From genomics to ecommerce, these six women are an inspiration for girls hoping to pursue a career in technology.
Think of a scientific invention and the story behind it. Chances are you’ll envision a Newton with the apple falling on him, or a Benjamin Franklin flying a kite on a stormy evening, or perhaps, someone who looks disconcertingly like Albert Einstein writing indecipherable equations on a board. Now close your eyes, and think of a technology maven – do you envision Jobs in his iconic turtle neck, or the geek-cool of Zuckerberg?
Where are the images of women?
One of the reasons young women flail in STEM (Science, Technology, Engineering and Mathematics) is because of the lack of gendered role models. The reason we applaud that image of jubilant women scientists celebrating India’s Mars landing is because such images are all too rare. We are programmed to believe that women can’t code, can’t do calculus, can’t top the IIT JEE entrance examination, and can definitely not rise up the ladder in a tech organisation. That is why educated and smart women leave the assembling of the new Washing Machine to their husbands, while the men gleefully leave the laundry to their wives.
At MBRB, when we were brainstorming ideas for Women’s Day, we decided to forego our usual well of pop culture references to make a list of 6 Indian women who have reached great heights in the field of technology and technological entrepreneurship in the last few years – the Indian counterparts to Marissa Meyers and Sheryl Sandbergs. So the next time your little kid asks about Indian innovators and entrepreneurs, don’t just talk about Sanjeev Bhikchandani and Nandan Nilekani.
Tell them these stories too. Not just to your girl to inspire her, but also to your boy to educate him.
Anu Acharya, MapMyGenome
Anu Acharya is an IIT KGP alumnus who subsequently studied Physics in Chicago. She is also the co-founder of Ocimum Biosolutions LLC, a multi-national biotechnology product development company and MapMyGenome, a personal genomics company that creates a genetic profile for users that can then be used in preventive health care and diagnostics. Anu has won several accolades, including being named a Young Global Leader by the World Economic Forum in 2011, and continues to blaze a trail in technology entrepreneurship. In a recent article that Anu wrote for the Hindu Business Line, she says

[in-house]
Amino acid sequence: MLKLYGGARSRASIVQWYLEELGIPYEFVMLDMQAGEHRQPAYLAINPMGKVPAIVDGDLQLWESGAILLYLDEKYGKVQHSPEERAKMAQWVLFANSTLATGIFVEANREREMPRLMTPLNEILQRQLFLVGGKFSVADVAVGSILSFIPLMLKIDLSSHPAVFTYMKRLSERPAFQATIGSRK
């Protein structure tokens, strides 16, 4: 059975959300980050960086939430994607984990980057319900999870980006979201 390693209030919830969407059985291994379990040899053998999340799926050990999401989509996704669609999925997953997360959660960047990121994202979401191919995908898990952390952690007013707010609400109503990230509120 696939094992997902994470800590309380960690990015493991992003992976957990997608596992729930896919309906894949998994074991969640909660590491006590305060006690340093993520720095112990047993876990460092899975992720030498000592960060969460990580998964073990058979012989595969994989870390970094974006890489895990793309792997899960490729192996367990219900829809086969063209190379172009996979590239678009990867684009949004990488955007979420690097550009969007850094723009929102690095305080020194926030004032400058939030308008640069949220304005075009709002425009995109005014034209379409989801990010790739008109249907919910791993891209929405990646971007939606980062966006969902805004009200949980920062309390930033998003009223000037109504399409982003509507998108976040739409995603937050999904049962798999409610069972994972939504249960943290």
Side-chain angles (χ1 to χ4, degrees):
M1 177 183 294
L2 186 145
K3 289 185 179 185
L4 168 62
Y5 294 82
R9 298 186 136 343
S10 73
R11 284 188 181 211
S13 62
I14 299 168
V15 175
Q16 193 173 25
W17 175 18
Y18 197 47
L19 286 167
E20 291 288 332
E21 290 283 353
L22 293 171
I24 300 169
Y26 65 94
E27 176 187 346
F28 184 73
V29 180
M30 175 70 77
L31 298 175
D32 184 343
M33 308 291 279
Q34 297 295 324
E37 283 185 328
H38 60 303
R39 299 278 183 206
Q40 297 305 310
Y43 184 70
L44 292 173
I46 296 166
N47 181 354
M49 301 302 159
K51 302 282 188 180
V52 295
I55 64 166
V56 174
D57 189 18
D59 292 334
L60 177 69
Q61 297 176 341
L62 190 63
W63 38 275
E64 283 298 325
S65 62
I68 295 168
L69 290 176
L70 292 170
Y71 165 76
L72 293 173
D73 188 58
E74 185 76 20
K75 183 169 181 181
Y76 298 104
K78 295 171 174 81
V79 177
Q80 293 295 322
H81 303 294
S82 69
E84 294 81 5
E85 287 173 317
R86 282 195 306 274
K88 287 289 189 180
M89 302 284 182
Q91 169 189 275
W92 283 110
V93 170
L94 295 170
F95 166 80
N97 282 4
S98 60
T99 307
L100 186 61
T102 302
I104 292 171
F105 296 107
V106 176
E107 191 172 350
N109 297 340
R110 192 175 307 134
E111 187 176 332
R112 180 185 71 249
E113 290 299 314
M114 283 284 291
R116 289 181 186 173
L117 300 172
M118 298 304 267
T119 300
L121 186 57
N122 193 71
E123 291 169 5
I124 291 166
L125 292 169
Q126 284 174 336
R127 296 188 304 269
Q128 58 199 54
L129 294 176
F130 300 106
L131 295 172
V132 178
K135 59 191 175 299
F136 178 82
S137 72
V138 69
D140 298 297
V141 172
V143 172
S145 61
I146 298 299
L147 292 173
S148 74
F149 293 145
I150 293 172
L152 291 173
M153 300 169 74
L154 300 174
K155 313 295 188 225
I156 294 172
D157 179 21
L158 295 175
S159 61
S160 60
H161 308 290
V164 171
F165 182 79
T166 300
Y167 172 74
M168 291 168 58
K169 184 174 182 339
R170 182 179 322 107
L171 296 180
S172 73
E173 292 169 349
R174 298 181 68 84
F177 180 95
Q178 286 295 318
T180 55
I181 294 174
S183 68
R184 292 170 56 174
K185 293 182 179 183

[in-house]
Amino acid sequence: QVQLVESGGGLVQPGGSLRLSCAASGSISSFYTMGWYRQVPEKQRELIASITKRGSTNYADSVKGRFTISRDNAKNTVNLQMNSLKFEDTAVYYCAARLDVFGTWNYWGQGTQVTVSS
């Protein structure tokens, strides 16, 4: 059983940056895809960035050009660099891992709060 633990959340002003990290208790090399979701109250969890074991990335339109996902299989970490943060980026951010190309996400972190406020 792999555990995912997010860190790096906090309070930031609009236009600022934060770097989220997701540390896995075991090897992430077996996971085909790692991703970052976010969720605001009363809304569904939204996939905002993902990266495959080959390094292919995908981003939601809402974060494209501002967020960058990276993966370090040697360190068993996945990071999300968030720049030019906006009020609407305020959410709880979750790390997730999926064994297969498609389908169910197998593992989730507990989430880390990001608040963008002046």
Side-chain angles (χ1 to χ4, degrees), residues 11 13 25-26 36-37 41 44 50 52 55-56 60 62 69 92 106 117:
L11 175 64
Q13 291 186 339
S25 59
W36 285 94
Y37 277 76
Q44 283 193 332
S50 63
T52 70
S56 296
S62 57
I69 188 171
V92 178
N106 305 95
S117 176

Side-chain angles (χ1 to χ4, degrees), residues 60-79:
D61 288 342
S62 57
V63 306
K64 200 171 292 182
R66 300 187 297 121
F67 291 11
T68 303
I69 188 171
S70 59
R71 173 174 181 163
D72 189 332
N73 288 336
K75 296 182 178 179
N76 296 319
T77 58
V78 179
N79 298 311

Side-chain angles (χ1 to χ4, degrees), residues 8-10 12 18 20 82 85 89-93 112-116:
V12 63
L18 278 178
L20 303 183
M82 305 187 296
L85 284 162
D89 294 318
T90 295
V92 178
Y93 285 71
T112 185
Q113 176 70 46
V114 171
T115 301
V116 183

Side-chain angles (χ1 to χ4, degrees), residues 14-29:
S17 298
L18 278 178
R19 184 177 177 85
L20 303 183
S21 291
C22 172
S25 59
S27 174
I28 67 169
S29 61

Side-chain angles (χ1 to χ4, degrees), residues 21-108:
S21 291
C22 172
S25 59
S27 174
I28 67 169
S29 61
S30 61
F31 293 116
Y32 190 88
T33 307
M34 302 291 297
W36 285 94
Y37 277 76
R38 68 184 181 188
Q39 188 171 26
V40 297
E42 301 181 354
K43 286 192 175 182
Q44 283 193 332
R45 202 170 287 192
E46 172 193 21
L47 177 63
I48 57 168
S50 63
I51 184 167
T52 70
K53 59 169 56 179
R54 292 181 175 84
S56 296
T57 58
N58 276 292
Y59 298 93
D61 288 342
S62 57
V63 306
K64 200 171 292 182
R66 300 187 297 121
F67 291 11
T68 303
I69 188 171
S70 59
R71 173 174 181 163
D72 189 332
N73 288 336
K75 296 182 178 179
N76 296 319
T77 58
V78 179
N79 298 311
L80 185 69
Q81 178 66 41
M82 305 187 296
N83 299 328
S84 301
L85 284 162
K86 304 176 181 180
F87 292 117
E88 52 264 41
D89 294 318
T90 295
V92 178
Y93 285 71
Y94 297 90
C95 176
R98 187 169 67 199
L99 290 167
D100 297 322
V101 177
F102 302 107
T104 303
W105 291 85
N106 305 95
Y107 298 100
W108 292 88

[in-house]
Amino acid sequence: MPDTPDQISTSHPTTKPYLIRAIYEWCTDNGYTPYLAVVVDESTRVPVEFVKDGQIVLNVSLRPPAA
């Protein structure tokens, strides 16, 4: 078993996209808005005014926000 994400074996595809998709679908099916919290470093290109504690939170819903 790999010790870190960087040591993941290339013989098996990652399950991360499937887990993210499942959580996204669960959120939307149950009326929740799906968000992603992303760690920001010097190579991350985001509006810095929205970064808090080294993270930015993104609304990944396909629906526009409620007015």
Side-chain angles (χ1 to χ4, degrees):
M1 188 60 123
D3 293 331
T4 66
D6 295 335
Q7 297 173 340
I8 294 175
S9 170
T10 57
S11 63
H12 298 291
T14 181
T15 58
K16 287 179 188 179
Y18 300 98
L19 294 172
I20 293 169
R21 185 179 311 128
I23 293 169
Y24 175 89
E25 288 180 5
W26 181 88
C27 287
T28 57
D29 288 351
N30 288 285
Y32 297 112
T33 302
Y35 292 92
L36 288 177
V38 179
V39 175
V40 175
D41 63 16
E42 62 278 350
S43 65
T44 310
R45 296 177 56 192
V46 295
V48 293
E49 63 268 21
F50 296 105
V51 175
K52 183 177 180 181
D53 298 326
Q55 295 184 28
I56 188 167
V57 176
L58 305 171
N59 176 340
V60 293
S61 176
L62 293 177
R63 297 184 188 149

One of the first things I am asked by strangers meeting me for the first time is: Why would a woman like me study physics and pursue an entrepreneurial career in a branch of science such as genomics? I am apparently an oddity. I hope these odds change during my lifetime and my daughters don’t get asked the same questions.
We couldn’t agree more.
Aruna Jayanthi, CEO, Capgemini India
If you go to Capgemini’s global page and look up their management team, you will find profiles of the company’s 18 member Group Executive Committee. Only one of these eighteen members is a woman, and she is Aruna Jayanthi – CEO of Capgemini in India and responsible for over 30% of the firm’s global workforce (Capgemini has close to 47,000 employees in India and over 140,000 worldwide). Jayanthi has won numerous awards and accolades, including a Top 5 position in Fortune India’s list of 50 Most Powerful Women in Business since 2011.
Reminiscing how she started her career in IT after finishing business school – with an “uncool” role in maintenance – Jayanthi’s advice to budding leaders is
Too many of us make decisions which are based on short-term goals. “I don’t like this job at hand right now, let me go somewhere else” I am not sure this is always the right way to look at things. You have to take a much broader view of your career.